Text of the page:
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Domenicus Custos

circa 1559/60 Antwerp – 1615 Augsburg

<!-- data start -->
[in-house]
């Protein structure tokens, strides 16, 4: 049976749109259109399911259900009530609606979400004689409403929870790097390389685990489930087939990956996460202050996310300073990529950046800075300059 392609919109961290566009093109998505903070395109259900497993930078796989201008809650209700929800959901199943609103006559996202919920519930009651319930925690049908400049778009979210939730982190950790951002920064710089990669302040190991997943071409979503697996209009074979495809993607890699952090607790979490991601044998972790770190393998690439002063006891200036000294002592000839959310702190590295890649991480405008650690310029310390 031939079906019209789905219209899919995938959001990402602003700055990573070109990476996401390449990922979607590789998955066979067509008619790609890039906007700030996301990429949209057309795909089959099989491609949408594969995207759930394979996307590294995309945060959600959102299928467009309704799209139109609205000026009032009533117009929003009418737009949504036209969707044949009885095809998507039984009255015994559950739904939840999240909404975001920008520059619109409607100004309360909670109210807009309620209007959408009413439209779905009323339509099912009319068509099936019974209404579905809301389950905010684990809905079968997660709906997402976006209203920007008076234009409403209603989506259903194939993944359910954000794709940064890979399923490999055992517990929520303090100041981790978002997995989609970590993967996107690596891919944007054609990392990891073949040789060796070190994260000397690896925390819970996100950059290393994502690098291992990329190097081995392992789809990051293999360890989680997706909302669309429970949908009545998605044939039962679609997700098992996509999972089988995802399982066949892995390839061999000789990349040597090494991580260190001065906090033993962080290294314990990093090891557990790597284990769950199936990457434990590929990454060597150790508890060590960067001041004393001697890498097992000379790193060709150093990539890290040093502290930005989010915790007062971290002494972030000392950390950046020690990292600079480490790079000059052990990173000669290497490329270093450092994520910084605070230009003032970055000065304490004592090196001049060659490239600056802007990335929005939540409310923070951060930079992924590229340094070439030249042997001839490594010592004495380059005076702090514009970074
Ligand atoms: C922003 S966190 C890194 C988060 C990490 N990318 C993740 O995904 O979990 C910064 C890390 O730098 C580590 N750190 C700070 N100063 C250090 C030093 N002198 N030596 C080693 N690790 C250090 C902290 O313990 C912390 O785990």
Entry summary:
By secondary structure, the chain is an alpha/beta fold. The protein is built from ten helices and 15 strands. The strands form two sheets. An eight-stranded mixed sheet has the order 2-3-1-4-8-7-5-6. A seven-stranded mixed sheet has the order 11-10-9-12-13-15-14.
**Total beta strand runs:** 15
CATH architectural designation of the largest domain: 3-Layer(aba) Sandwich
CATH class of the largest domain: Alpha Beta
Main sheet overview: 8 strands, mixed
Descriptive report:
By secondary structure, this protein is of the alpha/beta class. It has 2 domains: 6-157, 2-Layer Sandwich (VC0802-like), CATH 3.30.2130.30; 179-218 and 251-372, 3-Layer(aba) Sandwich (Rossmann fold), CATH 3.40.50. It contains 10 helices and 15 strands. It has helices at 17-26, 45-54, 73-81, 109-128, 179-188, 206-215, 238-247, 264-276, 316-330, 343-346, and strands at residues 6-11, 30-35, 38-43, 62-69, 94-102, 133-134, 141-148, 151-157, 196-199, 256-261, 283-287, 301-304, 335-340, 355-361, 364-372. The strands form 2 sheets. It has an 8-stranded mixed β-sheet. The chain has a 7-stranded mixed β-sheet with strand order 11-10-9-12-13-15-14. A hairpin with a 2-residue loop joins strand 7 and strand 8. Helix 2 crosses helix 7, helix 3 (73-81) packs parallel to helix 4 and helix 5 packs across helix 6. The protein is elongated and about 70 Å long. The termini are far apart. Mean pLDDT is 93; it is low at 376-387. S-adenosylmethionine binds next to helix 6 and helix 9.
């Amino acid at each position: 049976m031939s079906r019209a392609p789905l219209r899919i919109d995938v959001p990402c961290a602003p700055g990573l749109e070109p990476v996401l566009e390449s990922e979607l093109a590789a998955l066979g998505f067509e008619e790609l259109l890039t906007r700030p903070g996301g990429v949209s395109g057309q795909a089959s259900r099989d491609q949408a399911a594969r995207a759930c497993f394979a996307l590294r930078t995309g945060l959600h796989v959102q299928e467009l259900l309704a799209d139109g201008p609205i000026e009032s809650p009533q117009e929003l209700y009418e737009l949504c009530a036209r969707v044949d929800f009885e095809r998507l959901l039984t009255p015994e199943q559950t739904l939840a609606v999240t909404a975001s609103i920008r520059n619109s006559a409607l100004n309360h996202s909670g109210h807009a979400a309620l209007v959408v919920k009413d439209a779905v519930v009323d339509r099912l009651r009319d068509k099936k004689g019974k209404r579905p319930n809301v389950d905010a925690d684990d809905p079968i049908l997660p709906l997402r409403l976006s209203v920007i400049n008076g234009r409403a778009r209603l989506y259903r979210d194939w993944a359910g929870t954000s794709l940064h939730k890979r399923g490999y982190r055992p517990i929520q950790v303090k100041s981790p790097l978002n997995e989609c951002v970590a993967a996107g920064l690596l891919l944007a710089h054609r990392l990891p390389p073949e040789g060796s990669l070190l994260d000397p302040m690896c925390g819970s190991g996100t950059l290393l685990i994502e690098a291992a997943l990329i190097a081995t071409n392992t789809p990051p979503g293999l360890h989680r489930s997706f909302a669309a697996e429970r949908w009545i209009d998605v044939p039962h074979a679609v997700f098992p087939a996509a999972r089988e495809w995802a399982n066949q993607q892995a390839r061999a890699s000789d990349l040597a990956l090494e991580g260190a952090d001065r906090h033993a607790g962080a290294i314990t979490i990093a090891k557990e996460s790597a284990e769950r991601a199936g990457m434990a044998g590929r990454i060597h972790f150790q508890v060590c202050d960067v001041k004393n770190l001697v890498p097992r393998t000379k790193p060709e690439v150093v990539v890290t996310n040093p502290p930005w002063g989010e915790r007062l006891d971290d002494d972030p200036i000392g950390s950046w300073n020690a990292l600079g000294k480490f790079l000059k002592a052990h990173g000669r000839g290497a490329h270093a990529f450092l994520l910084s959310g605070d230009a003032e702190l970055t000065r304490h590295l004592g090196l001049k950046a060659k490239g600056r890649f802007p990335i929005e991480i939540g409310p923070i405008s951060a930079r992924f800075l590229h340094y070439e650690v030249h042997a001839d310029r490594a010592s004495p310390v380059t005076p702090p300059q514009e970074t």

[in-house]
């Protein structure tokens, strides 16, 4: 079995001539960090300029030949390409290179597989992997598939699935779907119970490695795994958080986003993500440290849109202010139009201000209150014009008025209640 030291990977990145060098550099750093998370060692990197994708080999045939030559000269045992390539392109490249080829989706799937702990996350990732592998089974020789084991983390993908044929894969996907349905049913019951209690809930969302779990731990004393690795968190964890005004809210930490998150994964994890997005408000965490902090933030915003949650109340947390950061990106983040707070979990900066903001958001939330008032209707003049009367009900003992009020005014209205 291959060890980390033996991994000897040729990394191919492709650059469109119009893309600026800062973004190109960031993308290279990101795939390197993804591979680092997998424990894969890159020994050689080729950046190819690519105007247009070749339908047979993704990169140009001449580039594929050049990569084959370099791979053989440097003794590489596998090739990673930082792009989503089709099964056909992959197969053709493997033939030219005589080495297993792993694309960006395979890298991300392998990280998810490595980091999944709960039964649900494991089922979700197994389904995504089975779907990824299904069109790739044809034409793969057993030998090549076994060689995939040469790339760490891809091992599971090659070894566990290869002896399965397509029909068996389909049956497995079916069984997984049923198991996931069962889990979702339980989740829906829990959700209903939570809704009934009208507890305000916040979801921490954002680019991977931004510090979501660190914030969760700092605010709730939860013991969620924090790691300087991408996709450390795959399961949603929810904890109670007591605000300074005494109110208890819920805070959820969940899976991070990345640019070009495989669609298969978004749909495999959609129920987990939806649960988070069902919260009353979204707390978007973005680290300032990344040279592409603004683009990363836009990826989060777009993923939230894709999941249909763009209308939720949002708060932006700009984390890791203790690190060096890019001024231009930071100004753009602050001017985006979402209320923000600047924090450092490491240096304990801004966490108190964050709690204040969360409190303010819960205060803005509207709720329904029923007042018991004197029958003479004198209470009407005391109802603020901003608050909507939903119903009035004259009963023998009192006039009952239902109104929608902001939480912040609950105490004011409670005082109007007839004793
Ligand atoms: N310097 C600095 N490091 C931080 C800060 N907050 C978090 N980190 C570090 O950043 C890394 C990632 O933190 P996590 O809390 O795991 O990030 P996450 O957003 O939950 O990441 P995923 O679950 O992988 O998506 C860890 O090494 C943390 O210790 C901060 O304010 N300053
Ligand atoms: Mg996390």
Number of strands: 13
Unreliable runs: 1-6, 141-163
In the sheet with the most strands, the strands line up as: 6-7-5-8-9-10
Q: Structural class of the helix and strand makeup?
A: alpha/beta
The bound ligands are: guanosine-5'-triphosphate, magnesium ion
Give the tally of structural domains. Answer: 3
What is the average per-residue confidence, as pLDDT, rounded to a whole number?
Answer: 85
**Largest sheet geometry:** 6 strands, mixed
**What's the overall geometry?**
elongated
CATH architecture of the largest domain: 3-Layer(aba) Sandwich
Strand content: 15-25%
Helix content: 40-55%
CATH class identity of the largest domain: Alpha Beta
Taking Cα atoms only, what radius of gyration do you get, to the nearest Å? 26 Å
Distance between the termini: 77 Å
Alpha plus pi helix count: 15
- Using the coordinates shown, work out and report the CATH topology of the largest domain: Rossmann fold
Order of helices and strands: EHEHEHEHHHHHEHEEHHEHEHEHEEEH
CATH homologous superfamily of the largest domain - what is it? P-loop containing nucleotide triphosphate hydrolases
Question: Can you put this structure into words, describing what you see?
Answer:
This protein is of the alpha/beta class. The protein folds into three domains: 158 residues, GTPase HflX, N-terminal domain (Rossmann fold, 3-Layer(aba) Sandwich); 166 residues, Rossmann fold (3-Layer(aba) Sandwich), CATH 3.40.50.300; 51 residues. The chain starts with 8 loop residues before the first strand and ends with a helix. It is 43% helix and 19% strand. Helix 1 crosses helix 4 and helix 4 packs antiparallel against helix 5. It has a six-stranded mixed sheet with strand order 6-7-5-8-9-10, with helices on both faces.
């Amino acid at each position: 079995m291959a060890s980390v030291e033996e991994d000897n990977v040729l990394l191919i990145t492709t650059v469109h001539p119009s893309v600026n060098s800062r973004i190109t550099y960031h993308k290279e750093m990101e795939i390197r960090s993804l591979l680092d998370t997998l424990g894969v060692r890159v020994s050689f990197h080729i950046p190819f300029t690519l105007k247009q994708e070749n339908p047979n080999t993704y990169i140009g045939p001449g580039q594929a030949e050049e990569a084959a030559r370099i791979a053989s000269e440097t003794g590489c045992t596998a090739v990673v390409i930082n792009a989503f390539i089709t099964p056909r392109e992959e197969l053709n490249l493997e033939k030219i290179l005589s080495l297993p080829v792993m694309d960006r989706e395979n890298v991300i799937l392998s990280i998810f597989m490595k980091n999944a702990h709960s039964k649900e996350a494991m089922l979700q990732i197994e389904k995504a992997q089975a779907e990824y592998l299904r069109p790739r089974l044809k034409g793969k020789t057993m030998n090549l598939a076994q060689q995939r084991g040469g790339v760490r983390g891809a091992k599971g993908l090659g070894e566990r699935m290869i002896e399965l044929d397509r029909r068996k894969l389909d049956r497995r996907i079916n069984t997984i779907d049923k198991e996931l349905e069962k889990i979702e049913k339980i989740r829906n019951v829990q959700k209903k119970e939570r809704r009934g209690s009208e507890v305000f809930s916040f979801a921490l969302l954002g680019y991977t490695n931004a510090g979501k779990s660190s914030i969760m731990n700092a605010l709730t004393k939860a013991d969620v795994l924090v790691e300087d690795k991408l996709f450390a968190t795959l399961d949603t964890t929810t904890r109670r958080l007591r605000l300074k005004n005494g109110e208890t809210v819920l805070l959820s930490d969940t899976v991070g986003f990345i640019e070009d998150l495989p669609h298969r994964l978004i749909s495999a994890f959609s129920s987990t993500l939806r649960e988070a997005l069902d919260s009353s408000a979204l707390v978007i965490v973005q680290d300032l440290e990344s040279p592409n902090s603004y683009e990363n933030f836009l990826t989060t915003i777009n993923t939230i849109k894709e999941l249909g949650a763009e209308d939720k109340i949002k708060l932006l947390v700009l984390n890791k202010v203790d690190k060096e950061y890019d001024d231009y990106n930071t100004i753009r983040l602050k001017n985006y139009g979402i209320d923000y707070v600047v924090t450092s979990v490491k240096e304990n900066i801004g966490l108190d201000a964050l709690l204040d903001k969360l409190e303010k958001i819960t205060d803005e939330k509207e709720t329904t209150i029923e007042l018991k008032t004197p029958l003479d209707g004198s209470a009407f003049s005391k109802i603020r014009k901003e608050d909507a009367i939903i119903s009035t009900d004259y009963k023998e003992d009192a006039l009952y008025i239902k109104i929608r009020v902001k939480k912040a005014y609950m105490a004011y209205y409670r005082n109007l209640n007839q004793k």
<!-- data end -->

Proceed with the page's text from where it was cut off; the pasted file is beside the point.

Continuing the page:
Domenicus Custos, who hailed from Flanders, was the son of the Antwerp painter, Pieter Balten, and the father of Raphael, David and Jacob Custos, all of whom he trained to be engravers. His stepsons, Lukas and Wolfgang Kilian, were also appren­ticed to him. In the early 1580s Custos moved for what were probably religious reasons from Antwerp to Augsburg, where he married the widow of the engraver, Bartholomäus Kilian, in 1588. He set up a strictly run and flourishing engraving workshop there based on the Antwerp model, employing his sons as assistants. Custos played a seminal role in the spread of engraving in Germany. Apart from a series of portraits of the Fugger family and the Tyrolean princes his publishing company issued individual reproductive engravings, emblem books and illustrated literary and theological works. Custos’ engraving tech­nique reveals the influence of the Prague style and Dutch Mannerism, especially the example set by Hendrick Goltzius.